A BRIEF HISTORY OF THE PARAMOUNT THEATRE
Oakland's Paramount Theatre is one of the finest remaining
examples of Art Deco design in the United
States. Designed by renowned San Francisco architect
Timothy L. Pflueger and completed in late 1931, it was one of
the first Depression-era
buildings to incorporate and integrate the work
of numerous creative artists into its architecture
and is particularly noteworthy for its successful
orchestration of the various artistic disciplines
into an original and harmonious whole.
Construction was initiated
by Publix Theatres, the exhibiting organization of Paramount Pictures.
Although financial difficulties forced the sale
of the uncompleted building to Fox-West Coast Theatres,
the firm that completed the theatre and operated it
until it closed on September 15, 1970, the name
"Paramount" was retained.
After its initial brief blaze of "movie palace" glory in the 1930's,
this remarkable auditorium suffered three decades of
neglect and decline until its rescue by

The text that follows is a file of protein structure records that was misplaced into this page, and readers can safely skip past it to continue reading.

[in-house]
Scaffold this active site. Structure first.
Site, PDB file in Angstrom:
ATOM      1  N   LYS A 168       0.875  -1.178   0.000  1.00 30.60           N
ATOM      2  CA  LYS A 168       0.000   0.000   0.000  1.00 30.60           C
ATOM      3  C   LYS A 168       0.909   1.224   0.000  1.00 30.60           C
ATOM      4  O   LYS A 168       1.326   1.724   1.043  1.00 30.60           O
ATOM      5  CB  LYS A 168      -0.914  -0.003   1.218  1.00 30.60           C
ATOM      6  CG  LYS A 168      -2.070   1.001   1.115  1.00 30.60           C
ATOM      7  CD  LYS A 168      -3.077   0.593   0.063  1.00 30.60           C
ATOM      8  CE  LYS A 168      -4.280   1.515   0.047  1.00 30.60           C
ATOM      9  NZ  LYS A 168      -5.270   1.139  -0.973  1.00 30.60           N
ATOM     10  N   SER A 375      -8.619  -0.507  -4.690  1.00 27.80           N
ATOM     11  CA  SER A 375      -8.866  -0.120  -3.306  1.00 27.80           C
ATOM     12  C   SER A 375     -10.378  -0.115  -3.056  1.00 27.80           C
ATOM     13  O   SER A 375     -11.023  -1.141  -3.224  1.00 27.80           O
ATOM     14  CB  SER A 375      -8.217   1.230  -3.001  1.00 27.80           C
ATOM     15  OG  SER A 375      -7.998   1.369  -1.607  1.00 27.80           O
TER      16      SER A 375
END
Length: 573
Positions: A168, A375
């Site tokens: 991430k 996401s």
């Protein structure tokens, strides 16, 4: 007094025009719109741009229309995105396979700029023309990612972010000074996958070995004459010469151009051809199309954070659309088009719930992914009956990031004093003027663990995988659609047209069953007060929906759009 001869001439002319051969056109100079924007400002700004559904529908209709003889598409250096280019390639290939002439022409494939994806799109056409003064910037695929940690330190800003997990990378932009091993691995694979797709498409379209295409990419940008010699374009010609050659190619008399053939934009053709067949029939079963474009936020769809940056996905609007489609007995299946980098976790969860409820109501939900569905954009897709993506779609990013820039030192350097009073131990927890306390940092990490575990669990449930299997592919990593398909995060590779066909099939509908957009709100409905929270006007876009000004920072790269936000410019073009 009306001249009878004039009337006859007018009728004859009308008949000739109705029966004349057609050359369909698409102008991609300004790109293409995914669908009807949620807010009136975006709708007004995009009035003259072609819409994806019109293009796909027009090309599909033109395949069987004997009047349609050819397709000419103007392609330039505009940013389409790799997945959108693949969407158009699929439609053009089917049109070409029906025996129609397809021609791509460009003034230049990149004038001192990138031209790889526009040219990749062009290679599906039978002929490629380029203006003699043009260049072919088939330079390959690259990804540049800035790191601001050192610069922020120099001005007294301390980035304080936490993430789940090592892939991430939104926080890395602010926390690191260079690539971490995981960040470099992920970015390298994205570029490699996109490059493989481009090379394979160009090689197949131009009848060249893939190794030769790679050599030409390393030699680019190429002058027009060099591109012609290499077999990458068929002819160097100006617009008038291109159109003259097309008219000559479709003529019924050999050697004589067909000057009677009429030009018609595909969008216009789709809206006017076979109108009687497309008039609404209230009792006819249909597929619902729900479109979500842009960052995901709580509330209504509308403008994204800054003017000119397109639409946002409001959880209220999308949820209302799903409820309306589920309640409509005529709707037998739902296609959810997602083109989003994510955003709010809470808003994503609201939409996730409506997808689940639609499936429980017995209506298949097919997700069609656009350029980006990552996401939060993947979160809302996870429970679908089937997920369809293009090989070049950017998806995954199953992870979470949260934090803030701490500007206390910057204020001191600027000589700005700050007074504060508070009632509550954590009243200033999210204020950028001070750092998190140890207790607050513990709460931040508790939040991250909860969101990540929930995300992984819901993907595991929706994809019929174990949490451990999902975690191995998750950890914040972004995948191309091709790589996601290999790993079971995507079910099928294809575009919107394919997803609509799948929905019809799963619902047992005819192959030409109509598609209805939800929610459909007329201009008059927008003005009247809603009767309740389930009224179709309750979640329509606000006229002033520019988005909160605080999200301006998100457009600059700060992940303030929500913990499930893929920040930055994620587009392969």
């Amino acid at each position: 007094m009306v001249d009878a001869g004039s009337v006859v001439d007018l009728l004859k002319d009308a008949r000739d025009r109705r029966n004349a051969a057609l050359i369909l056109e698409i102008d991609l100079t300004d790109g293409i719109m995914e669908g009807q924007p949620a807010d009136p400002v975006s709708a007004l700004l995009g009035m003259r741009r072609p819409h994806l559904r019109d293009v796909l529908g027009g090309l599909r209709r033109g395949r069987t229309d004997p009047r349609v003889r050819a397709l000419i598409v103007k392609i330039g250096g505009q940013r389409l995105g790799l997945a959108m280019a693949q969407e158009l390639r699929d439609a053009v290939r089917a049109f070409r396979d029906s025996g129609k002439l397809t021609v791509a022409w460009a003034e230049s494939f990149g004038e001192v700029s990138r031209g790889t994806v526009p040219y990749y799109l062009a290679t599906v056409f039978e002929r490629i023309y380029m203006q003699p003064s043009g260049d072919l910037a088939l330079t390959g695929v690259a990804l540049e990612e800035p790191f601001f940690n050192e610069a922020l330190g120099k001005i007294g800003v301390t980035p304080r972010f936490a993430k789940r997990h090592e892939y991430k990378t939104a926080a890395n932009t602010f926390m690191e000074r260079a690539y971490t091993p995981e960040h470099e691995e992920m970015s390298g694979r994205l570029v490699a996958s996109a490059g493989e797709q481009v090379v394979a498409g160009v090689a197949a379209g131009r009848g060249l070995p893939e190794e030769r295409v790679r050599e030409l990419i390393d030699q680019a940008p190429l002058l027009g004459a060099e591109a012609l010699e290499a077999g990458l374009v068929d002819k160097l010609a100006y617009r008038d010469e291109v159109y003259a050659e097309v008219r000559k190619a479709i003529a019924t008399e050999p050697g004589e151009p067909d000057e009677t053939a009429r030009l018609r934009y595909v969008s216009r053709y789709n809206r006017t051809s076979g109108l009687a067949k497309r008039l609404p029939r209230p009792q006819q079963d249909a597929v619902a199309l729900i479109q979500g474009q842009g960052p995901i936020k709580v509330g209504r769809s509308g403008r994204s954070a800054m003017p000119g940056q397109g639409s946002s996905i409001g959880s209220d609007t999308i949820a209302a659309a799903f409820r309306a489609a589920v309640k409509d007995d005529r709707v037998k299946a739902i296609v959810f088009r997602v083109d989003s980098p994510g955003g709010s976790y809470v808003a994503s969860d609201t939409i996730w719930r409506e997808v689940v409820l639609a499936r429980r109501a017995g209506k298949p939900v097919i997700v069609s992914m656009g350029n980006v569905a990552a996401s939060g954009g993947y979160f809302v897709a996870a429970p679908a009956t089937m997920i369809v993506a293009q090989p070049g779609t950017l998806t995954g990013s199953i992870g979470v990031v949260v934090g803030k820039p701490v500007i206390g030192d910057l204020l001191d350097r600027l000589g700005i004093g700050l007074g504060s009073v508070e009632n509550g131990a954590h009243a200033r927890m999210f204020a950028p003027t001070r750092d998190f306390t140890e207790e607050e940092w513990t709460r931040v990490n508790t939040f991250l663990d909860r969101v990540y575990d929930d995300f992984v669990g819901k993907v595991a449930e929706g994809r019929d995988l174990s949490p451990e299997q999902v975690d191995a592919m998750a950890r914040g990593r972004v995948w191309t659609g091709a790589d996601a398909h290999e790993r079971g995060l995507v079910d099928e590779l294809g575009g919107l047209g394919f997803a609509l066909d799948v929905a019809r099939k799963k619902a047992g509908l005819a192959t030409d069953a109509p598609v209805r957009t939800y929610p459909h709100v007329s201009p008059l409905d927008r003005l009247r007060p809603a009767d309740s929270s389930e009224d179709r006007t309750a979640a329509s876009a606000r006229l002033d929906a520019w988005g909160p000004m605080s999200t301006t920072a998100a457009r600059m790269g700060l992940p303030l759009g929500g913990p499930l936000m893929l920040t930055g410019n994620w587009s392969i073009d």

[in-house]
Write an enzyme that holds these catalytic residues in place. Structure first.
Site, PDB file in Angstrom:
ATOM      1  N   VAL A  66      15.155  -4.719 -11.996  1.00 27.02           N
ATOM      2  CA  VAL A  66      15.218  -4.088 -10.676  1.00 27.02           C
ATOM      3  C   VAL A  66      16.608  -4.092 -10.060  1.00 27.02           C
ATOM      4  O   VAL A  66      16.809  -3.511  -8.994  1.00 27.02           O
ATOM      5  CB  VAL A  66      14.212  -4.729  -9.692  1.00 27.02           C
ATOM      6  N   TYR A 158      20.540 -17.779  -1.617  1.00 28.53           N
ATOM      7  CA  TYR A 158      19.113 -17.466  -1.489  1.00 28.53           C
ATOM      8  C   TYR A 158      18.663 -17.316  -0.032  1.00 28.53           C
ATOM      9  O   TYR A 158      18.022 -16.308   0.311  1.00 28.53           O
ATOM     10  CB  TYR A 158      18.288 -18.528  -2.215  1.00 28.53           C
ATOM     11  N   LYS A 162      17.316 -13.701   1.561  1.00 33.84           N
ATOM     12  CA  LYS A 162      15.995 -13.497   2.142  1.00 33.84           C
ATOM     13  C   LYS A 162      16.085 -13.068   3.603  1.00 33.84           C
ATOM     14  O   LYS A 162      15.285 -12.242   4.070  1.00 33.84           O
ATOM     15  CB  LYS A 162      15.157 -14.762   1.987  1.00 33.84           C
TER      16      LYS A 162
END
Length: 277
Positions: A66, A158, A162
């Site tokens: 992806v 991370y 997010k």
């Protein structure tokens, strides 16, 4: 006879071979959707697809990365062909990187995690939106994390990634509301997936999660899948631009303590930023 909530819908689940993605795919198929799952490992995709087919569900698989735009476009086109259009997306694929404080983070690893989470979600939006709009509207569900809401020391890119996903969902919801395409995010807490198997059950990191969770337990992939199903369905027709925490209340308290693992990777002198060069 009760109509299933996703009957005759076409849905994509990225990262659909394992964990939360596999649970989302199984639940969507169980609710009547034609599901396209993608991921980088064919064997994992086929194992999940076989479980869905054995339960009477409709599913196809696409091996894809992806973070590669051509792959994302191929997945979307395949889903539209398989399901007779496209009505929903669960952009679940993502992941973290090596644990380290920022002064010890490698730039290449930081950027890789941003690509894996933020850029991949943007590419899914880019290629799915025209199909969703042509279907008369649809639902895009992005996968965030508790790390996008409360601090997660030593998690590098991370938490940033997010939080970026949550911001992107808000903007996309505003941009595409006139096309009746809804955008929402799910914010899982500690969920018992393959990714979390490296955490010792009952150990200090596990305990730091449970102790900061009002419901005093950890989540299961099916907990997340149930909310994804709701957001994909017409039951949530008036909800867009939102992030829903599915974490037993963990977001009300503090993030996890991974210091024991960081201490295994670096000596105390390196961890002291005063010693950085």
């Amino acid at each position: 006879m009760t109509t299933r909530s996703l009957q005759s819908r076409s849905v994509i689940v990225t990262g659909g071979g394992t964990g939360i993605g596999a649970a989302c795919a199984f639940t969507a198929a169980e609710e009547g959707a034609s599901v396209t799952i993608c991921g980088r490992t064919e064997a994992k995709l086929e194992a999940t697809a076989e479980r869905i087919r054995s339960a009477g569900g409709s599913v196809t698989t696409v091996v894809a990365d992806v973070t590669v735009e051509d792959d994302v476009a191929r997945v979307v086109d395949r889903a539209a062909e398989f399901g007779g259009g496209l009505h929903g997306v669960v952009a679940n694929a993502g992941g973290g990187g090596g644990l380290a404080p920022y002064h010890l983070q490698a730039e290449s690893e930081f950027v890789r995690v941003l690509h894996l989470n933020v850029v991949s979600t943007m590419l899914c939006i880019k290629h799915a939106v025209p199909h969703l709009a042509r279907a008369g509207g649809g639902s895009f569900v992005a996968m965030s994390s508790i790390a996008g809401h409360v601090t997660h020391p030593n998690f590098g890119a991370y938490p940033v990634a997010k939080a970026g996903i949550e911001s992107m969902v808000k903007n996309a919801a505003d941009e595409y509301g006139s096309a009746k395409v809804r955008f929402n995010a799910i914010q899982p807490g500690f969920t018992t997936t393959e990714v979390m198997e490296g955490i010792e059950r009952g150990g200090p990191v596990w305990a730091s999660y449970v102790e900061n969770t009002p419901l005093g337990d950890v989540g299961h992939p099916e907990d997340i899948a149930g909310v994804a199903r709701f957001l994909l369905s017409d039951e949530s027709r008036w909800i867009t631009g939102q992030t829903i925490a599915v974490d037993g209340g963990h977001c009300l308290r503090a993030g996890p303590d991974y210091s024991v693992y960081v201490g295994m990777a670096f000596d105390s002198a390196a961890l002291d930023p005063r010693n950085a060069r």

the Oakland Symphony, the City of Oakland and numerous private donors.
The building was purchased by the Board of Directors of the Oakland
Symphony Orchestra Association in 1972.
A painstaking and authentic restoration was completed in
1973 and the theatre was entered in the
of Historic Places on August 14th of that year.
In 1975 the City of Oakland, the present owner, assumed ownership from
the Oakland Symphony Orchestra Association. The Paramount Theatre became a
California Registered Historic Landmark in 1976, and on May 5, 1977,
was declared a National
Restored to its original splendor, meticulously maintained, and fully upgraded to modern technical standards,
the Paramount now serves all the arts.
The Paramount Theatre is the home of the
Oakland East Bay Symphony
and, as one of the San Francisco Bay Area's premiere performing arts facilities, hosts a year-round
schedule of popular music concerts, variety shows, theatre, and - of course - movies.
Elements of both the brief and detailed histories of the Paramount
Theatre which appear on this web site have been paraphrased or excerpted from
the book "The Oakland Paramount" by Susannah Harris Stone and from
official documents of the Library of Congress and the
Historic American Buildings Survey.
A 1991 update to the original HABS data was provided by Steven Levin (Theatre Historical
Society of America, Annual #18). Further updates and supplementary material have been added
by the webmaster of this site.
See also: U.C. Berkeley Bancroft Library historical article